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How Were Leg Warmers Invented? Origins and Evolution

It All Started At Ballet Studios

Many pilates and yoga practitioners and fitness enthusiasts might not know this. Still, way before the leg warmers frenzy in the 80s, they were an essential garment worn by ballerinas and dance performers.

Back in the 40s and 50s, leg warmers were primarily made of ribbed knitted fabric - giving it the classic knitted look we know today, being used and extended from the calf to the middle of the thighs or placed below the knees.

Leg warmers were used mainly during rehearsals and warm-ups when dancers wore no costumes or the traditional ballet attire seen during performances.

Brigitte Bardot Leg Warmers

A very young Brigitte Bardot wearing leg warmers during a rehearsal in 1952.

Their purpose was simple.

To keep the leg muscles warm during performances, which then maintains better blood circulation to the region, reducing the risk of muscle strains, pulls, and cramps that can occur during movements - and, of course, keeping the legs warm and comfy!

The 40s, a golden era for ballet, had many renowned ballet companies - such as the American Ballet Theatre, the Metropolitan Opera Ballet and the New York City Ballet, rising to prominence.

These companies significantly influenced dancewear and the artistic aesthetics of studios and stages during that period.

And while it's uncertain which ballet company or studio first started using leg warmers, their practicality and benefits quickly gained recognition among dancers, making their use spread like wildfire.

While at the time mostly limited to studios, leg warmers would continue to evolve throughout the decades beyond the 40s and 50s.

They became available in different lengths, colours, and patterns - and adapted to different preferences and fashion trends. While they were initially made of ribbed knitted fabric, other materials were added. Leg warmers started being made of acrylic blends and synthetic fibres, as they offered more breathability and stretch.

Leg Warmers In The 80's Fitness Mania

Fitness and aerobics, as we know, have been around since the 60s, but in the 80s, they were elevated to new levels.

The explosion in popularity of TV, music videos, celebrity culture and the rise of consumerism started bringing significant changes in people's values and perceptions. Icons like Madonna, Princess Diana and Whitney Houston would set the trends of what was fashionable and attractive at the time.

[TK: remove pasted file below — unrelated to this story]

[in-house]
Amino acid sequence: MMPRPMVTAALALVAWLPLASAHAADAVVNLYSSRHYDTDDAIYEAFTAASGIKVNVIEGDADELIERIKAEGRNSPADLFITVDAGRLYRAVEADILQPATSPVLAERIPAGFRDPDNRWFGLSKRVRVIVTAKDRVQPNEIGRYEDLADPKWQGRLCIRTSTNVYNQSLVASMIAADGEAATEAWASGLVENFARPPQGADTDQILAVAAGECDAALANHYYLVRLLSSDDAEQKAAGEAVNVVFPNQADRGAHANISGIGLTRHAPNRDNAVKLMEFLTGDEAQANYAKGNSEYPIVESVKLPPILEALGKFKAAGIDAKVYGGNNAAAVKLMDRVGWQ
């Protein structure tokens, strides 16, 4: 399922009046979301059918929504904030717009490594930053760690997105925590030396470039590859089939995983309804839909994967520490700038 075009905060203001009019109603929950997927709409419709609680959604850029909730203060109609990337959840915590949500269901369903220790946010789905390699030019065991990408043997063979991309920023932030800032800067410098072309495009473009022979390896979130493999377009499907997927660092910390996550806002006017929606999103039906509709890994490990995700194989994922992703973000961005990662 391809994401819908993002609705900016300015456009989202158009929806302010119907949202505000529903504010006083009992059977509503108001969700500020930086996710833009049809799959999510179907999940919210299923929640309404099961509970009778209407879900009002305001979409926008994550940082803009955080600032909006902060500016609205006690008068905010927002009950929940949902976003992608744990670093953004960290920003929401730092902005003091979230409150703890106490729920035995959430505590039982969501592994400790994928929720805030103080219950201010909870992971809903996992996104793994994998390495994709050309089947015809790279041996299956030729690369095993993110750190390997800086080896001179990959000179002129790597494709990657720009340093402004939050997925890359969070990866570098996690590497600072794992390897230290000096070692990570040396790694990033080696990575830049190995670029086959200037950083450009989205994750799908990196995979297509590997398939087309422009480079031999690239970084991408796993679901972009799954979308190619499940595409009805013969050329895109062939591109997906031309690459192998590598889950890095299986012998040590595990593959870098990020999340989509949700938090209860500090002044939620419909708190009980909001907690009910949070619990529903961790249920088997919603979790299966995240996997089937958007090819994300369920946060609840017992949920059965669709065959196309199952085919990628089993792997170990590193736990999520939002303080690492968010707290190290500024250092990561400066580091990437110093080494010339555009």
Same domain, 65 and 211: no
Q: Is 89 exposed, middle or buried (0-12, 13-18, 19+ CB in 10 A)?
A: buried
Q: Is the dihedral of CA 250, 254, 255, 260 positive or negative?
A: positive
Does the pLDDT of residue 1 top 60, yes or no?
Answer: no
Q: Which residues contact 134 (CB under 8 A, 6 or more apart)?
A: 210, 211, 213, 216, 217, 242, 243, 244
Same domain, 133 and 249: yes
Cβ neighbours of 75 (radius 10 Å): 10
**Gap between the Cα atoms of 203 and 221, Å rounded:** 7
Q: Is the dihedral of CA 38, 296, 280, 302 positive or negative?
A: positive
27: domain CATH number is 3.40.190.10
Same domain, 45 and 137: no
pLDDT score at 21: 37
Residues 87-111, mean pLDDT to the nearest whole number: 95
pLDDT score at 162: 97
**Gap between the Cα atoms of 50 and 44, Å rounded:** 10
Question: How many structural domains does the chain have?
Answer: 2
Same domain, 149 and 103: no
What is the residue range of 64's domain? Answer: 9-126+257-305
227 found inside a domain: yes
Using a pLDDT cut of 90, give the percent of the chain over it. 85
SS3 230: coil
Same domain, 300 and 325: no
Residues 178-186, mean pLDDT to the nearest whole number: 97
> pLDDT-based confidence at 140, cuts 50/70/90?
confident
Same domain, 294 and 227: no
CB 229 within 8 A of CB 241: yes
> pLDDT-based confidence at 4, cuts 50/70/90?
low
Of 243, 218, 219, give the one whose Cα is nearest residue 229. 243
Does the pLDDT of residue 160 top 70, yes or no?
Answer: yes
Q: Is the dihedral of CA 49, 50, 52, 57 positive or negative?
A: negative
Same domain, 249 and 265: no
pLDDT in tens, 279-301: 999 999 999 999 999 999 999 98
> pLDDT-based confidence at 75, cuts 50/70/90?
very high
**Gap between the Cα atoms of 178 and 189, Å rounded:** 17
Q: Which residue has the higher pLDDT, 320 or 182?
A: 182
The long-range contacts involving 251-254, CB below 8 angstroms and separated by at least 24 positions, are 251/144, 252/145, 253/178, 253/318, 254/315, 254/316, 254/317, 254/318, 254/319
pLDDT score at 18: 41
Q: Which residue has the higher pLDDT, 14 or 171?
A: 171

These caused baby boomers to become far more image conscious. People desperately looked for ways to get in shape - and preferably in a fun, interactive, and enjoyable way.

With all this demand in place, right at the start of the decade, two catalytic events happened that would turn leg warmers into the 80s icon they're known today.

In 1980, David Lee and Trisha Kate, two dancers from the prestigious Oakland Ballet Company, opened KD Dance, a dancewear store in the East Side of Lower Manhattan, New York - that would have leg warmers as its main selling item.

David Lee and Trisha Kate

David Lee and Trisha Kate in their subterranean leg warmers knitting studio in East Village, NYC.

Being in the heart of the world's dance capital, KD Dance grew fast - with their hand-knitted leg warmer collections becoming popular among dancers in the area.

But while the company's growth was still substantial - the couple did not realise that an even more giant wave of demand would soon come.

In 1982, sparking the trend of home aerobics, Jane Fonda released her very first video fitness training - with Jane Fonda's Original Workout proceeding to sell 17 million copies worldwide, making it the best-selling VHS of all time.

Jane Fonda wearing leg warmers

A snippet from 1982's Jane Fonda's Original Workout.

Starting an unstoppable trend - Fonda's home workouts would create a surge of imitators and TV shows that'd hop in the wave not to miss in action.

That momentum came accompanied by other pop culture moments, such as the release of Flashdance, an 80s classic romantic drama, of Fame, and Physical, by Olivia Newton, a breaking hit that'd become a workout anthem that was released a few years prior, in 1981 - forming the perfect storm for the popularisation of fitness and their aesthetics.

And just like that - you'd hardly turn on your TV without coming across tights, leggings, leotards and the 80s signature accessories: sweatbands and leg warmers.

Leg Warmers in Pop Culture

Post its peak in the 80s - the fitness workout fad would eventually fade, and so would the widespread popularity of their aesthetics. Fashion trends continued to evolve, and as the 90s approached, the focus shifted to different styles and visuals.

While the dance and fitness communities such as Yoga & Pilates' would continue to use leg warmers primarily for their practical benefits - once synonymous with fitness and dance culture, they gradually became far less prominent in mainstream fashion.

But just like every other trend, every 20 years or so - leg warmers return to prominence in pop culture and streetwear.

You can still find leg warmers throughout pop culture - from TikTok to fashion shows and the feet of celebrities. While you'll often see them in their classic hand-knitted style, there is no shortage of adaptations.

billie eilish and bella hadid with leg warmers

Billie Eilish and Bella Hadid are celebrities commonly seen wearing leg warmers.

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